Relaxation Mode is cranked up to 11 in this simplistic watercolour hidden object game.
Genre: Hidden Object
Developer: Circus Atos
Publisher: Circus Atos
Release Date: 27 Apr, 2017
You start off on a world map with 21 dotted circles on it. Each level is associated with an animal from that region, and as you complete the levels the map gradually fills with pictures of these animals.
You’re introduced to a level by clicking the X on the central animal, which then shows you a speech bubble containing several small icons of the objects you’re looking for (small animals, seeds, fish etc), and the number of items to be found. The overall canvas is split between 3-5 screens, and as you find/click the objects you move on to the next either via the white arrows, or by dragging. You can zoom in and out by double-clicking and then drag the screen around to inspect each area of the panel. When you find the final item you then report back to the main animal whereupon there’s a very short animation of baby animals appearing, plants growing or a shoal of fish swimming by. And that, ladies and gentlemen, describes the entire game.
There’s no options menu, but you can do ALT-ENTER to switch to windowed, which you can drag to resize, but you’ll have to use system controls for the sounds.
Everything is in watercolour, with themes to match the type of environment: pale blue/ white in the arctic region; bright greens for South American jungle; browns and oranges for Africa and European woodlands; darker greens for Asian forests; dark blues for the Southern Ocean.
You would normally expect a variety of different items to find in this type of game, but here every object in the level is identical apart from being different shades of the same colour. The idea is that the items are camouflaged against the background.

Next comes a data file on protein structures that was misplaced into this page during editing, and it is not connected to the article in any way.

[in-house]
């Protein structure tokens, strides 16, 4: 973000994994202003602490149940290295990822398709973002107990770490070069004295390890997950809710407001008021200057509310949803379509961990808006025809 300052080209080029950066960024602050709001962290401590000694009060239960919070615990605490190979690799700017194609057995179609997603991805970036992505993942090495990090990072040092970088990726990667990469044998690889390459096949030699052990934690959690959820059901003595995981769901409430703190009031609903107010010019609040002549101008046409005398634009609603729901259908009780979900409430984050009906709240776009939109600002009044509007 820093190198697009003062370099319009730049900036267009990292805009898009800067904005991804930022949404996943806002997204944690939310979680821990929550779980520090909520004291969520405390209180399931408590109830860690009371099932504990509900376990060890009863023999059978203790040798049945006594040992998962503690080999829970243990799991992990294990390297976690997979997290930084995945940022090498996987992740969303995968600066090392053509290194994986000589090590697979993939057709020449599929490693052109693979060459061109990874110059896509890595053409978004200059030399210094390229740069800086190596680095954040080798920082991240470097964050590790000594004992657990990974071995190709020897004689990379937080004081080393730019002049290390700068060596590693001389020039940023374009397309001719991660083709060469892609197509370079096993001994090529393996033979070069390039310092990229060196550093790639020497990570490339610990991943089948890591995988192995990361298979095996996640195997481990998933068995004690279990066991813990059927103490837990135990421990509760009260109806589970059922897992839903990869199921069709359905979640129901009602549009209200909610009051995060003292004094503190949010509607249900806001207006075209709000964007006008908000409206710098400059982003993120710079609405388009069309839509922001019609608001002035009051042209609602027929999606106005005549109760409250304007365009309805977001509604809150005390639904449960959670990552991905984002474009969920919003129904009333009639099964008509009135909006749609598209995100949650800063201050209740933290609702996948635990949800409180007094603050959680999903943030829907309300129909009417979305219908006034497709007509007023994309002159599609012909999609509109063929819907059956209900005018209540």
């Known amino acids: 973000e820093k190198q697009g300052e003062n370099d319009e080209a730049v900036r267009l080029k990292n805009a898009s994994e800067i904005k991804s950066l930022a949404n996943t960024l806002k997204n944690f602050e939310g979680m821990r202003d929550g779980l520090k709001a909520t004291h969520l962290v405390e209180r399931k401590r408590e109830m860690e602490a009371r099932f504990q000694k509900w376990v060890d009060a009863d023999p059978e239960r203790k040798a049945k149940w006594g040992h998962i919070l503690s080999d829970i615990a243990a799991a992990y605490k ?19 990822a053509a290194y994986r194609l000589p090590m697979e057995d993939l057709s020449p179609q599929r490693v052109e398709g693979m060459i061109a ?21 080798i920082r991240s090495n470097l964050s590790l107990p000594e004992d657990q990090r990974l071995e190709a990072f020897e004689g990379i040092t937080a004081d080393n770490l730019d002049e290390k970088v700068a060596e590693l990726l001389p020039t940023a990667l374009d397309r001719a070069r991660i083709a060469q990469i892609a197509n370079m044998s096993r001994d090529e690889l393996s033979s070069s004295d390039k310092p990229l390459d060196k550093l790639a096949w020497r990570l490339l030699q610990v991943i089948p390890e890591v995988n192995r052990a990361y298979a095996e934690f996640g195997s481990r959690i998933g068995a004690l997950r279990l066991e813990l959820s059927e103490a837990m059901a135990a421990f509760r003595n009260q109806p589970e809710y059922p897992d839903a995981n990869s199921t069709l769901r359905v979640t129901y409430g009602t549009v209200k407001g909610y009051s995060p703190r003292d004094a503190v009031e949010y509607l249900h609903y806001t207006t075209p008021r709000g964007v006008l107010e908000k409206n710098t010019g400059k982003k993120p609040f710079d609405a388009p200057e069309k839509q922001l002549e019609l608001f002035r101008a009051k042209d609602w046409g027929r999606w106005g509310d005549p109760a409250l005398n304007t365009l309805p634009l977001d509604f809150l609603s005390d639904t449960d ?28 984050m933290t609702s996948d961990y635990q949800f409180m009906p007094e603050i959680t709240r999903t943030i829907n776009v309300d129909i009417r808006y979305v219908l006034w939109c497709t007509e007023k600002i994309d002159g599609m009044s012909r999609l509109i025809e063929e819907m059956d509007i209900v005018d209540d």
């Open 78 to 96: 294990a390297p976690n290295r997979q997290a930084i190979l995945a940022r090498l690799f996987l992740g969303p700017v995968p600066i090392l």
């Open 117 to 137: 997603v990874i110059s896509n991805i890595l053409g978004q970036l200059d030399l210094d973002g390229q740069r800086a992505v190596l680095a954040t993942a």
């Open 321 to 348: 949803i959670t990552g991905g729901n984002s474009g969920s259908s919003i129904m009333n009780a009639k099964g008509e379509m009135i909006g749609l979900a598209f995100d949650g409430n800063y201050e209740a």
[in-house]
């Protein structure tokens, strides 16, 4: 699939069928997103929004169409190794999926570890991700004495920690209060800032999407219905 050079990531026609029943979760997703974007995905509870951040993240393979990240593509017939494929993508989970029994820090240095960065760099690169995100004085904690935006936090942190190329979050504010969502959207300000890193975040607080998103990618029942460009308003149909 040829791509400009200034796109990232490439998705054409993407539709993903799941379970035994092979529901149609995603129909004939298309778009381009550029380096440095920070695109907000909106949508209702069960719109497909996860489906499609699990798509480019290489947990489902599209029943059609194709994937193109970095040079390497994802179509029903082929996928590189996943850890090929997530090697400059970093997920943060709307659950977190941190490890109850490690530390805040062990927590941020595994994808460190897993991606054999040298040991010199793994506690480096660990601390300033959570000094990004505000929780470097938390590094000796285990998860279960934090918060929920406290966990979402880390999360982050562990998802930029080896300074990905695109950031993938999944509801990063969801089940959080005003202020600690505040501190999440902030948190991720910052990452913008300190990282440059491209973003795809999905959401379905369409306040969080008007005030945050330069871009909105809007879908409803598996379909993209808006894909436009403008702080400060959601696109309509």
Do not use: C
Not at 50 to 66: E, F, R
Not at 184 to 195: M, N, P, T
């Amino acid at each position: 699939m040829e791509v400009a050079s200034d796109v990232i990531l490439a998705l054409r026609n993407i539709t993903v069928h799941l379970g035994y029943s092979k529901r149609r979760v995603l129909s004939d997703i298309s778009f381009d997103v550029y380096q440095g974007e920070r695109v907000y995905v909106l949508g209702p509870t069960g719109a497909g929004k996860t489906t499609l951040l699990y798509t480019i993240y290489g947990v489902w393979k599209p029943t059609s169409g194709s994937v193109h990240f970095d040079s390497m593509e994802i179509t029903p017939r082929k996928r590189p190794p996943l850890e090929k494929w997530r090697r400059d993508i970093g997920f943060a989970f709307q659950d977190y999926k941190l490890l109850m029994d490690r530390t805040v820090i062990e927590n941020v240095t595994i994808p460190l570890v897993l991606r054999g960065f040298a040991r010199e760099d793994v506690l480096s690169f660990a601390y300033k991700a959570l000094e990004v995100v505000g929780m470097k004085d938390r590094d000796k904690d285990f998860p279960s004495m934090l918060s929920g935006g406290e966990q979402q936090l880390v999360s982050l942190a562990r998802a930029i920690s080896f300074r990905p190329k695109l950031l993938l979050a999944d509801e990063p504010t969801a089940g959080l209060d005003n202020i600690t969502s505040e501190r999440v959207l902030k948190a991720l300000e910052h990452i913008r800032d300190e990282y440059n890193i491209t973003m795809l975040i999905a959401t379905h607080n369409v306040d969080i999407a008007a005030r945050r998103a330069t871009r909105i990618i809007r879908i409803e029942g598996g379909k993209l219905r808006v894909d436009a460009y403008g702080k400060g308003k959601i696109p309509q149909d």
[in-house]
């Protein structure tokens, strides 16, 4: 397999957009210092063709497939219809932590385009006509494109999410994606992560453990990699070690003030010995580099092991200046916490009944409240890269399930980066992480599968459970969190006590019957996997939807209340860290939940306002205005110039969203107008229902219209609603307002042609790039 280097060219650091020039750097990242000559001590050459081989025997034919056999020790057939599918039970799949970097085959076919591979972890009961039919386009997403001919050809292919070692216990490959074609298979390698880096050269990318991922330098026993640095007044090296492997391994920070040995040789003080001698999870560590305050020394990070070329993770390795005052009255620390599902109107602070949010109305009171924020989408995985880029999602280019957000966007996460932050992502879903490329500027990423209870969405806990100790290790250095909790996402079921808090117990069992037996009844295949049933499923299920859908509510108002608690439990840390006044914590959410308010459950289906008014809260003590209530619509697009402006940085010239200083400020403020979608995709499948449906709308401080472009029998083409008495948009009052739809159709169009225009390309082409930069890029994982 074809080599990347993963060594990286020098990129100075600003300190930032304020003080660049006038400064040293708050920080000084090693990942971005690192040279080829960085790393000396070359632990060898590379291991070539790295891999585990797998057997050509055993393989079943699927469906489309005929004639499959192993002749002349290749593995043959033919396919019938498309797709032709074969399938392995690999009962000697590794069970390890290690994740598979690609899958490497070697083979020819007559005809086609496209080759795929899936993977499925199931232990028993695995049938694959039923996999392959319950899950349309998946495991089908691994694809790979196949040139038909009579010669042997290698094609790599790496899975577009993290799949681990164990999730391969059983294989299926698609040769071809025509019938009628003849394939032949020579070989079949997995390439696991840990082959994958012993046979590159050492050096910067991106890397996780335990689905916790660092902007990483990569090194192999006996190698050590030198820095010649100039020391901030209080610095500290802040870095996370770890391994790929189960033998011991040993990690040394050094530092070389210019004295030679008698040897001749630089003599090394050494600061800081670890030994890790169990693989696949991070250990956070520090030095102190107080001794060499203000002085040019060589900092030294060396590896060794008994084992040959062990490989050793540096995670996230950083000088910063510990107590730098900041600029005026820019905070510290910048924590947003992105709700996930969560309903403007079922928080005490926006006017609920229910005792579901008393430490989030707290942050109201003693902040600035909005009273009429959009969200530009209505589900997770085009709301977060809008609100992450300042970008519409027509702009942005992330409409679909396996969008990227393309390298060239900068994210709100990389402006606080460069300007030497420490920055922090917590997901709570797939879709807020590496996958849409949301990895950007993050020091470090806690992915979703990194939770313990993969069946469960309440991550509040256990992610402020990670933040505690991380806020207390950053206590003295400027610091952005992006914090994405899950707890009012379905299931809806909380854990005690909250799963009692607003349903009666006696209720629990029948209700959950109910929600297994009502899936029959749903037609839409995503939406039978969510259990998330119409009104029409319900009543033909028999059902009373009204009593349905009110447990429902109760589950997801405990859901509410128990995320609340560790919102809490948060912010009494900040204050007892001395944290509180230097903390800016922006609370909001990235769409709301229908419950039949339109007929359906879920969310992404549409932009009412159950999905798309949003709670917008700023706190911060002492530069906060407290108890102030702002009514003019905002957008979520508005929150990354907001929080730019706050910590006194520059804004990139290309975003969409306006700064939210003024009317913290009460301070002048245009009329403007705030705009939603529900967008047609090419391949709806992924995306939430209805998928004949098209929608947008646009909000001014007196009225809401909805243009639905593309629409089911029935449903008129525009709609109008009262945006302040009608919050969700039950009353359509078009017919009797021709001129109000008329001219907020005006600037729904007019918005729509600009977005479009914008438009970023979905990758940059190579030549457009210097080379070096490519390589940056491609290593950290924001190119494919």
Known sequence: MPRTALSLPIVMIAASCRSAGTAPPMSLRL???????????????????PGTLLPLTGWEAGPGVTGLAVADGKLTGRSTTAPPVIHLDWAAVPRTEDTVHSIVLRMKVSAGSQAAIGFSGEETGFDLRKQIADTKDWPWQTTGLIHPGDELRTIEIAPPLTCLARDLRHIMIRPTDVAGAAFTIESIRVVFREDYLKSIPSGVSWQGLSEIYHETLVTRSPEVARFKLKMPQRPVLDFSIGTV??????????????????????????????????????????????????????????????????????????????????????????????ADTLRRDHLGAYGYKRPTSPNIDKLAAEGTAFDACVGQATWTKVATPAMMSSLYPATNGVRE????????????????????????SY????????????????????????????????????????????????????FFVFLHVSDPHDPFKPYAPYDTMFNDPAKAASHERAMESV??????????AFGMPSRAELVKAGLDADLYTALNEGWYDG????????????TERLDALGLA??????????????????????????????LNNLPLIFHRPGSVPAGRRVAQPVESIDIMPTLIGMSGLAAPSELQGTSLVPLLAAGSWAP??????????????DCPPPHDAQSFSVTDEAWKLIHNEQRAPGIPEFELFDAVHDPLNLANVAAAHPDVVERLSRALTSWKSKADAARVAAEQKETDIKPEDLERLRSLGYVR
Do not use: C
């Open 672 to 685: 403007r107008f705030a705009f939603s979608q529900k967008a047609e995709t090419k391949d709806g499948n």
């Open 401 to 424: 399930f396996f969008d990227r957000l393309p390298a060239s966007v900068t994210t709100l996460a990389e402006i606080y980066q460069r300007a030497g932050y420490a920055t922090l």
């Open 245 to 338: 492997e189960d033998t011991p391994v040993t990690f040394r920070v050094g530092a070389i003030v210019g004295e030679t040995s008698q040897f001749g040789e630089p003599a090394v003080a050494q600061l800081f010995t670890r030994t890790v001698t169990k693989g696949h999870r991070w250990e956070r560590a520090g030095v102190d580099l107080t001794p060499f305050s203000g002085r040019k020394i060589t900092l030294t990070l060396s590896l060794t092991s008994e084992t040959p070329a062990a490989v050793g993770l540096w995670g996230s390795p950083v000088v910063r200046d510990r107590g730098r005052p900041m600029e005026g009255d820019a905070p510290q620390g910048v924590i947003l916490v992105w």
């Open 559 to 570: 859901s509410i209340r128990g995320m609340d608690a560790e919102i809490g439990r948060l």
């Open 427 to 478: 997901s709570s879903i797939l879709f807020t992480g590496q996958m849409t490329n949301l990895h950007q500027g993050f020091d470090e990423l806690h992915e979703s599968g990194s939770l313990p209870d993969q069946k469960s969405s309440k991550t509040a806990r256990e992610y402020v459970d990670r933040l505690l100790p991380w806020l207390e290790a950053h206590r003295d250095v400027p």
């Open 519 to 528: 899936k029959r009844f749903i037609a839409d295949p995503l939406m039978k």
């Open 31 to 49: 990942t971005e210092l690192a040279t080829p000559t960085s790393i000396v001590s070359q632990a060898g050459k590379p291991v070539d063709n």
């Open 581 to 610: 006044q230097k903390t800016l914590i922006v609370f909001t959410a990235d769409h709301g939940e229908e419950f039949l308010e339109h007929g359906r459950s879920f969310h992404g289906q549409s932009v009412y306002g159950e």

Art is subjective, of course, but for me it’s just too basic, with very few elements to hold my interest. Erm, did I mention there are some animals?
Relaxing background noises of the outdoors: birds twittering, water running, parrots squawking etc. accompanied by gentle piano tinklings and, as expected, zen-like Japanese string instruments.
There is none, really. Half of the game could easily be completed by a 5 year old. The other half I guess you’d need to have reached the grand old age of 7. The zoom feature expands to exactly a quarter of the original screen size, so you can systematically inspect each quarter close-up, and at this point the objects are almost impossible to miss. As if it wasn’t easy enough already, there’s even a hint option – you have to solve a 3×3 sliding-squares puzzle which is already close to completion before you start and only requires 3-4 moves, which then highlights an undiscovered object.
There are trading cards and 21 achievements – one for each level, plus one for completing without hints. It’s fully cross-platform (Unity game) but no Steam Cloud.
The artwork shows a naive innocence and I think this also extends to the marketing side of things because somebody is blissfully unaware of the quality of games available in this price range. I might pay $1-2 for this to keep the kids happy for a couple of hours, but full price? No chance.
I can’t resist the urge to make a quip about it being like watching paint dry, literally. It’s not quite that bad though. It performs well, no glitches or irritations, and the soothing outdoor sounds can give you the illusion of not being a helpless video game addict, even if you are. It’s marginally better than watching cat videos on YouTube – at least there are other animals here.